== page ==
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4. Conception of the Divine in Greek Polytheism

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Chapter Summary

This chapter focuses on deities to observe, perceive, reconstruct, and understand the working of the Aiginetan religious system as a whole. Immortality and superhuman power are two central characteristics of divinity in Greek religion. Daimones and heroes must have been as important a category of divine beings as theoi in Greek polytheism. There is another typology of Greek deities, variously labeled as etic or emic, the distinction between the Chthonians and the Olympians. Anthropomorphism and personification are the two most important Greek ways of objectifying the divine side in religious communication. In Greek religion, there is divine personhood even when human social morality is overstepped. Literary sources (Homer or Hesiod) showing how deities deceive each other are a testimony to that. Such literary sources as Pindar show an awareness of local sensibilities and could be a valuable source of insights in this respect.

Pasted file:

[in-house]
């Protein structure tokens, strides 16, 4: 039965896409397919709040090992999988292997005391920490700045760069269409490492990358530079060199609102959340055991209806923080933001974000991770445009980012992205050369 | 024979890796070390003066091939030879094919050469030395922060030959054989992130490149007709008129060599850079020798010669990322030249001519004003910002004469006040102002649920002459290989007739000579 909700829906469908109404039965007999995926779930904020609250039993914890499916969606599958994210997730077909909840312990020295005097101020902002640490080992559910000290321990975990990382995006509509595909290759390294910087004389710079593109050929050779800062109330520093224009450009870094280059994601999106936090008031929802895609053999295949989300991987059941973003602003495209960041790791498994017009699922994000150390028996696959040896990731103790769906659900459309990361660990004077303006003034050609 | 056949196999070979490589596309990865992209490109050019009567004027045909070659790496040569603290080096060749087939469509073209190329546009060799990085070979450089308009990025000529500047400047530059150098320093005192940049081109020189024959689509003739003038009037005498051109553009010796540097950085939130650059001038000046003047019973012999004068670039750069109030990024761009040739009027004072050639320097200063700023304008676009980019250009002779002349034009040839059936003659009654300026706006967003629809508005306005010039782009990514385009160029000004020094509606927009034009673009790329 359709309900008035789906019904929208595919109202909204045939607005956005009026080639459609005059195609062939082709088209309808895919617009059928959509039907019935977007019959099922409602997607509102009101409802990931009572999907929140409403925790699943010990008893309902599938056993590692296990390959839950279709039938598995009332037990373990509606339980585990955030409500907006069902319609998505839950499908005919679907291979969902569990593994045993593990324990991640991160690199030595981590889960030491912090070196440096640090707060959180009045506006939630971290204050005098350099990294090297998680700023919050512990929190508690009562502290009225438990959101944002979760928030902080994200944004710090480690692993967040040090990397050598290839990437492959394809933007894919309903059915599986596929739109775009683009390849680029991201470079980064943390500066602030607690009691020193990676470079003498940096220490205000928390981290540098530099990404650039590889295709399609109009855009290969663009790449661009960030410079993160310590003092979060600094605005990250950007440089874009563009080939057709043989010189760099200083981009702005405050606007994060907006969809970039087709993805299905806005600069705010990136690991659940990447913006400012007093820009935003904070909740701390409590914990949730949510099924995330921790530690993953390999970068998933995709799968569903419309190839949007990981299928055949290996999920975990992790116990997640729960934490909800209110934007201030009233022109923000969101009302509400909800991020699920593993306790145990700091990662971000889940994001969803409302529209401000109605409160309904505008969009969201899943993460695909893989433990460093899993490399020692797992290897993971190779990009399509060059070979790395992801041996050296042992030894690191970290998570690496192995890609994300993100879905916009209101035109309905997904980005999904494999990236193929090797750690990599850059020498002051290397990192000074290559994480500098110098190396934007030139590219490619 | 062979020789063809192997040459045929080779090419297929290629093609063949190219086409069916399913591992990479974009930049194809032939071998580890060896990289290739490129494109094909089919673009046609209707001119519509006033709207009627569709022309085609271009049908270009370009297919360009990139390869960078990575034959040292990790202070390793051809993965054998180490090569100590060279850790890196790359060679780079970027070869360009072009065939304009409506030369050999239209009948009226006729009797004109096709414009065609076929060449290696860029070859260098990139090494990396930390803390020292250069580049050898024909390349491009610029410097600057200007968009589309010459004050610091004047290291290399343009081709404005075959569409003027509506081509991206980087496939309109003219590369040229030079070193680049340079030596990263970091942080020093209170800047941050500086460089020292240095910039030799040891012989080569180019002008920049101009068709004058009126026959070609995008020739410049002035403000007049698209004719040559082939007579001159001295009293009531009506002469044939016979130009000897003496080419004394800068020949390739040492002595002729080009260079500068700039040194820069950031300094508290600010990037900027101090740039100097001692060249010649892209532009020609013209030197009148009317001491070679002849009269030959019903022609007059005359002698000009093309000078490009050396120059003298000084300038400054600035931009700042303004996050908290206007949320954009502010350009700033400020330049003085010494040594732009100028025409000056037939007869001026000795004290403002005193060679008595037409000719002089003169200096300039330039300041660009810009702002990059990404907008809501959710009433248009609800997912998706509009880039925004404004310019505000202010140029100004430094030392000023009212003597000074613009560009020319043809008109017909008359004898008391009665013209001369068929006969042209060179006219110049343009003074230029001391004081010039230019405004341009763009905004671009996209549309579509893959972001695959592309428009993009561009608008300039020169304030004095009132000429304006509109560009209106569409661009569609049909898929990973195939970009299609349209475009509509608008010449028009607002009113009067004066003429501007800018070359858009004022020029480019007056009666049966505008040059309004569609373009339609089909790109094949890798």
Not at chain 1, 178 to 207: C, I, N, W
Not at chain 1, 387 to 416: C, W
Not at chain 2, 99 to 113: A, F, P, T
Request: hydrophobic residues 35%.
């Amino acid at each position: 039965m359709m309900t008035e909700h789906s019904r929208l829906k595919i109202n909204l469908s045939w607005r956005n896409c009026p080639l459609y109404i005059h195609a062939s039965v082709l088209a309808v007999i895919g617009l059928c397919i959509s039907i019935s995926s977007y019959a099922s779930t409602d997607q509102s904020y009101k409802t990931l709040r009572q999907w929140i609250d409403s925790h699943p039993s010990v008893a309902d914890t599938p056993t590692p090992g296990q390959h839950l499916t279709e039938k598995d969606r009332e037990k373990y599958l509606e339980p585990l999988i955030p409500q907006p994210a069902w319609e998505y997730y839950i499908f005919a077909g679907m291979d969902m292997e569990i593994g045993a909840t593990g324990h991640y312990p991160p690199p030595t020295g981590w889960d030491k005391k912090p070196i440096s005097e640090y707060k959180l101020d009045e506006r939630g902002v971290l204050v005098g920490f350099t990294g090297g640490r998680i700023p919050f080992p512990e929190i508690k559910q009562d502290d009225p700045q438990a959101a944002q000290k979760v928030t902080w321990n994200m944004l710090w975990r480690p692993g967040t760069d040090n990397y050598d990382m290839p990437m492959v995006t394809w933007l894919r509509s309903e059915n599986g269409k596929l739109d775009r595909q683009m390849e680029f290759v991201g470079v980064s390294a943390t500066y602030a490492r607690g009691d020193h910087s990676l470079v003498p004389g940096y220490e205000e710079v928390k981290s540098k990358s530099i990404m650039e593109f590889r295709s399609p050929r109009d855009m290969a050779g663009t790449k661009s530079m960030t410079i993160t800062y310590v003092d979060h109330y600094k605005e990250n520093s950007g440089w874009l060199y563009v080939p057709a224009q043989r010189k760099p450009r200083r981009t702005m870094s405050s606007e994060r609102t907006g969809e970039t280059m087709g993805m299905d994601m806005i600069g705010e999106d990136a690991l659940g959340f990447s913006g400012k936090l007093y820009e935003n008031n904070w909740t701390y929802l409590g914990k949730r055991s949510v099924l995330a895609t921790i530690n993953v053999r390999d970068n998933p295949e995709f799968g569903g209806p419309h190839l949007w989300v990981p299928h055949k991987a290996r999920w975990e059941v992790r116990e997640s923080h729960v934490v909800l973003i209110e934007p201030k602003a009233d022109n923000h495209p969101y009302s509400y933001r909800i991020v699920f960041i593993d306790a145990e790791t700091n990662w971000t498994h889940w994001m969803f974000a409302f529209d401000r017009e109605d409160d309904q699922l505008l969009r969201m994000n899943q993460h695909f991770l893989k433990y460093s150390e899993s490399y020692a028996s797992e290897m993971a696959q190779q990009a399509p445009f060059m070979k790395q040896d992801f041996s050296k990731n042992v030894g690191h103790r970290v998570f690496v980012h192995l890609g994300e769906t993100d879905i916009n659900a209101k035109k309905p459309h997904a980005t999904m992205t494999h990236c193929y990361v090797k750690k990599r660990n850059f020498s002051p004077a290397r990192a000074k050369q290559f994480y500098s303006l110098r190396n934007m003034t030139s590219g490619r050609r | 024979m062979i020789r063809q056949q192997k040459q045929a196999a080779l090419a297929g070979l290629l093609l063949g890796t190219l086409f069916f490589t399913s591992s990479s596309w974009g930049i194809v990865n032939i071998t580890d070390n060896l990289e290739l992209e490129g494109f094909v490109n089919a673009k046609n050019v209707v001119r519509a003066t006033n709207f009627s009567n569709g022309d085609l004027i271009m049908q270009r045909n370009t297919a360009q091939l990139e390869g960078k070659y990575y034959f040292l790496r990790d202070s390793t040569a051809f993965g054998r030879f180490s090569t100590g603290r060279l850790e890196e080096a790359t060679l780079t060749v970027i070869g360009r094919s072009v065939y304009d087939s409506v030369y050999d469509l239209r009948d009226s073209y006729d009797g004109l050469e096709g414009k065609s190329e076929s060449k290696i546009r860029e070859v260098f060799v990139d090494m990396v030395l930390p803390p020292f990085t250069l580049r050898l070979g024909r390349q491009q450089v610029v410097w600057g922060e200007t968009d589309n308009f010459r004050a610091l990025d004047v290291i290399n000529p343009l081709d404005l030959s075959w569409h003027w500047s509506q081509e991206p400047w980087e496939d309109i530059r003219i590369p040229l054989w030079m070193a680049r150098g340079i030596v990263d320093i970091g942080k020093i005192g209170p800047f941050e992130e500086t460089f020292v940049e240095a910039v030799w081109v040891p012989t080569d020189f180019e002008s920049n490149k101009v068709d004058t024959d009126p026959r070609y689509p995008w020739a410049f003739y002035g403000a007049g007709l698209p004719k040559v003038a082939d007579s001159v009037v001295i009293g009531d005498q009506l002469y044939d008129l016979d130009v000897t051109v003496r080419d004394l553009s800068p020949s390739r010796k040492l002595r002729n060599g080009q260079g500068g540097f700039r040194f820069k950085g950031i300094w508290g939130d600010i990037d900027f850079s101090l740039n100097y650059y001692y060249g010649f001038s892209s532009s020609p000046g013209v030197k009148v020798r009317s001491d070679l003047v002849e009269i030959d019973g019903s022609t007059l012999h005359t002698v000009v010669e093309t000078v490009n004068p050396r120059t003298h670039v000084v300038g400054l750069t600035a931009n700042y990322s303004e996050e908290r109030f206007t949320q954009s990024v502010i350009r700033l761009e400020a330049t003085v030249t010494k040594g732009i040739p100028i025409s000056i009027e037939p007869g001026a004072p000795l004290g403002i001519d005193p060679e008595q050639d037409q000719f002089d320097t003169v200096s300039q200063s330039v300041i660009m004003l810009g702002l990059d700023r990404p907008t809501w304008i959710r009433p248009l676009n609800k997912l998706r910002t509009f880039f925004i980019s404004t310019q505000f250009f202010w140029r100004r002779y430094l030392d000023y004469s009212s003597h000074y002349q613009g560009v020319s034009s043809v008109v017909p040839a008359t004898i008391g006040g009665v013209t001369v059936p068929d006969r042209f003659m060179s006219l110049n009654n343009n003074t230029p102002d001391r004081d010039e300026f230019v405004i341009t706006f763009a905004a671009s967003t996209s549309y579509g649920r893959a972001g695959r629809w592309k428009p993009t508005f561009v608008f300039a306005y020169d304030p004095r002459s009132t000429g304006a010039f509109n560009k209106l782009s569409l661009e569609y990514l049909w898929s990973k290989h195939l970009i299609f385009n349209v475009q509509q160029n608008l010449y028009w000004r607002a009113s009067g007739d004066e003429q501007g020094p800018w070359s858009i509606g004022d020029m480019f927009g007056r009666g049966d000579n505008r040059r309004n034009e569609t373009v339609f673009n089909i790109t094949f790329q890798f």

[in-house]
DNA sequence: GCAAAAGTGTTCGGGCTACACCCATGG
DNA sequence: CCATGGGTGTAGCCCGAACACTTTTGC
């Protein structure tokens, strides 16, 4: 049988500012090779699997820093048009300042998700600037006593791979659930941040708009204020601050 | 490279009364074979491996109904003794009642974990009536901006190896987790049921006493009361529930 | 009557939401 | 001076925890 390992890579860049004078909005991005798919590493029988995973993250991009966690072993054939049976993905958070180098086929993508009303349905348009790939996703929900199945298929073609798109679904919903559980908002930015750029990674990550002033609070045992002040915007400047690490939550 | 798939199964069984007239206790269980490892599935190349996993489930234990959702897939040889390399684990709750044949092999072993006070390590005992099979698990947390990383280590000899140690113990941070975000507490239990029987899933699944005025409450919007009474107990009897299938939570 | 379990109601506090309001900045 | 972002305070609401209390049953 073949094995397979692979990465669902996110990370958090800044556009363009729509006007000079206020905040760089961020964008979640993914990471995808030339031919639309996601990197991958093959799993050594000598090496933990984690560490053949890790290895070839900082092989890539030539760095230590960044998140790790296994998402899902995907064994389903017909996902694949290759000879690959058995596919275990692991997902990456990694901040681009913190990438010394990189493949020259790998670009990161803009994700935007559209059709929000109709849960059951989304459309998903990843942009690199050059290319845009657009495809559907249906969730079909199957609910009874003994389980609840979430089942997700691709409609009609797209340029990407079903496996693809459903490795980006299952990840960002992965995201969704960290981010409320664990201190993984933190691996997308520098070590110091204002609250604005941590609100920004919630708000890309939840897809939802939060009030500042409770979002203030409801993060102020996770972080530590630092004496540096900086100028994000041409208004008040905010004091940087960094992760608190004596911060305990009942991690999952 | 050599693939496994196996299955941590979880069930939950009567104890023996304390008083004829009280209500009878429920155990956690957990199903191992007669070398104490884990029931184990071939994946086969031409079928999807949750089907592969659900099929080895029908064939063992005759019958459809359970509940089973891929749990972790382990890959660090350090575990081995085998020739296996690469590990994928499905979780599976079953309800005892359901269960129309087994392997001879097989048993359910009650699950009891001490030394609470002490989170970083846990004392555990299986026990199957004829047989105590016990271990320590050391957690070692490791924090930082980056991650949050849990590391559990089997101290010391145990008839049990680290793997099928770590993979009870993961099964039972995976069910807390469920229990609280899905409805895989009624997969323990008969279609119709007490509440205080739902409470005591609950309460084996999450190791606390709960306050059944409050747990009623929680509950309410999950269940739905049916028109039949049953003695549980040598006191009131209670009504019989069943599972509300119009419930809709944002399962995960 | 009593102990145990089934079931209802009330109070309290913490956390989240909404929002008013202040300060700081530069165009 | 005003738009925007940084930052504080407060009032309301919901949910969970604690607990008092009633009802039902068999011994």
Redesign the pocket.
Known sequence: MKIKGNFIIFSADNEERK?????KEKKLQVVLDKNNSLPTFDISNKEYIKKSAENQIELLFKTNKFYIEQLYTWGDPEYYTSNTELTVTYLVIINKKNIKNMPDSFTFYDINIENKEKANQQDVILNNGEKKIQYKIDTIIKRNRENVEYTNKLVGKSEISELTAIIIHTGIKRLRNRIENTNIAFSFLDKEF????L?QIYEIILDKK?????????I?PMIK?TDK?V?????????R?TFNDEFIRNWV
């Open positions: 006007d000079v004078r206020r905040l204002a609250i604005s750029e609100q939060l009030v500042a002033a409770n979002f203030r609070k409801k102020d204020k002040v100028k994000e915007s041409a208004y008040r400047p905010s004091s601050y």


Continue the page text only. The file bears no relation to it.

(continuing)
Keywords: Aiginetan religious system; anthropomorphism; Chthonians; daimones; divinity; Greek polytheism; Homer; Olympians; Pindar

10.1163/9789004262089_005
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